The introduction to this EP tells you a lot about the man behind the music. Will Archer, aka Slime, begins Increases with the sound of him nonchalantly whistling on his way home. He proceeds to walk into a room in which the music apparently playing therein is mixed into a beat crescendo which has your head bobbing before the beat has even fully kicked in.
Not bad for a man who picked the name Slime because “it’s such a shit name that it’s almost good.”
Half of the EP is made up of collaborations and the opener, Caffeine feat. Gaskel Greed is one of them. It’s also the EP’s stand-out track and makes superb use of a guitar sound reminiscent of the distinctive tones frequently adopted by The xx – helping to create the same laid-back, effortless feel that is so prevalent on the latter’s début.
So, does this self-assembled bedroom EP live up to the hype? On the whole, yes, though it is difficult not to think that more could be done with some of Slime’s work. 2 Player for example, which features his friend and fellow producer Vondelpark, uses a beat suggestive of ‘90s hip-hop but fails to deliver the accompanying street attitude expected. Time is spent waiting for something to take off that remains firmly grounded.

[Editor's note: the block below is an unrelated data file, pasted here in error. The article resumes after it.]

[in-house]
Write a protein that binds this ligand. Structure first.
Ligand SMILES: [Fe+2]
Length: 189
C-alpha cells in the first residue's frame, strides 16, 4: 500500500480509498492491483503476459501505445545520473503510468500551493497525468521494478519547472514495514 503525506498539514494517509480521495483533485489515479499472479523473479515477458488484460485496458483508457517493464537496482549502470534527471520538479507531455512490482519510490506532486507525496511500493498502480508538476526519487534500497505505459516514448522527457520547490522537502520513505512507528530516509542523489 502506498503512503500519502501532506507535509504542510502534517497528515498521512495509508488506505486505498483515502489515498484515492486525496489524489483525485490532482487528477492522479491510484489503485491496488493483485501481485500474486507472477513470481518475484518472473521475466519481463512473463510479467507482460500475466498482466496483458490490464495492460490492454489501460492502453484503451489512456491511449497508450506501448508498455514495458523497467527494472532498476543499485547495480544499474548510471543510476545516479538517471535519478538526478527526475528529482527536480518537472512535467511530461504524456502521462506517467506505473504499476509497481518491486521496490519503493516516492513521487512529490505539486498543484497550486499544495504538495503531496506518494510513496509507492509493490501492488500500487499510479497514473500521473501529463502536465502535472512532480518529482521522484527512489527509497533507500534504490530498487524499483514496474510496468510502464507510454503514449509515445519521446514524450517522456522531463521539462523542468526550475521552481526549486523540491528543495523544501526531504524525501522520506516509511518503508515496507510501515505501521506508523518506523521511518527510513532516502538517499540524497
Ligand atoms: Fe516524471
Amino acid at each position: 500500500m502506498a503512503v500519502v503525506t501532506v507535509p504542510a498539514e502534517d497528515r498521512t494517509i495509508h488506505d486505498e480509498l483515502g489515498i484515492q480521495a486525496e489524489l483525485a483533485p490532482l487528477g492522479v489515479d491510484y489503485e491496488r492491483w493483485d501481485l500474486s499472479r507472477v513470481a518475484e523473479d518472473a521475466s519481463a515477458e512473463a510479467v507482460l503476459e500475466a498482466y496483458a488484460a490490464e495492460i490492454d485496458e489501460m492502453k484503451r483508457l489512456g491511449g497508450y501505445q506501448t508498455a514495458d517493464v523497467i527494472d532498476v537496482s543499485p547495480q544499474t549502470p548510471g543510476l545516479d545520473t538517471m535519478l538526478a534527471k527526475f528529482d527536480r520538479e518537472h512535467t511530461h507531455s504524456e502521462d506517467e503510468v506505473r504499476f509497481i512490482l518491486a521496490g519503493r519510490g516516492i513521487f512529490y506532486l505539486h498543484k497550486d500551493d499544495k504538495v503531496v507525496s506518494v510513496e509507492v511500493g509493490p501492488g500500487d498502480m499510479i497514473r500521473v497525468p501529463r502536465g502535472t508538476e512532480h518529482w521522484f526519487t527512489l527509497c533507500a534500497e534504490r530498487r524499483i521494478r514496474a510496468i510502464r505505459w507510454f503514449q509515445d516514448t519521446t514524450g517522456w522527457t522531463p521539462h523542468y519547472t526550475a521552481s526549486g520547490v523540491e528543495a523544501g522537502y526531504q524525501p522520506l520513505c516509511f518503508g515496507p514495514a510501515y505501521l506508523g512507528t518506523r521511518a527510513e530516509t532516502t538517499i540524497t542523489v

Similarly there is something missing from the otherworldly Break Fall. Some of Slime’s most atmospheric work can be heard here but the vocals add an uneasy edge to an otherwise impressive sound.
It may well be however that this is exactly what Slime intends with his music, given that he describes his sounds as “a beautiful place out in the country”. He is clearly looking to create an ethereal experience which challenges the listener with its multi-textured approach, fusing catchy beat hooks with layers of drifting, undulating colour. This is no more apparent than in Gals (also featuring Vondelpark) and the final track on the EP, Next Time. Both are steeped in class but it is Next Time that provides a real highlight: the use of saxophone is ingenious and it is when listening to this track that you can best imagine yourself to be in that beautiful place out in the country.
It is therefore particularly exciting that Slime appears to be running with the sound he found in Next Time. At the start of December 2011 he shared a new track, Draw In, complete with video on his Facebook page promising more music this year. The calm and composed samba-esque beat of Draw In, coupled with the relaxing (yet surprisingly unsettling) video of a puppet clown roaming the Japanese countryside, is another step in the right direction. It will be interesting to see what 2012 produces from this exciting young talent.
Words: Steven Baldwin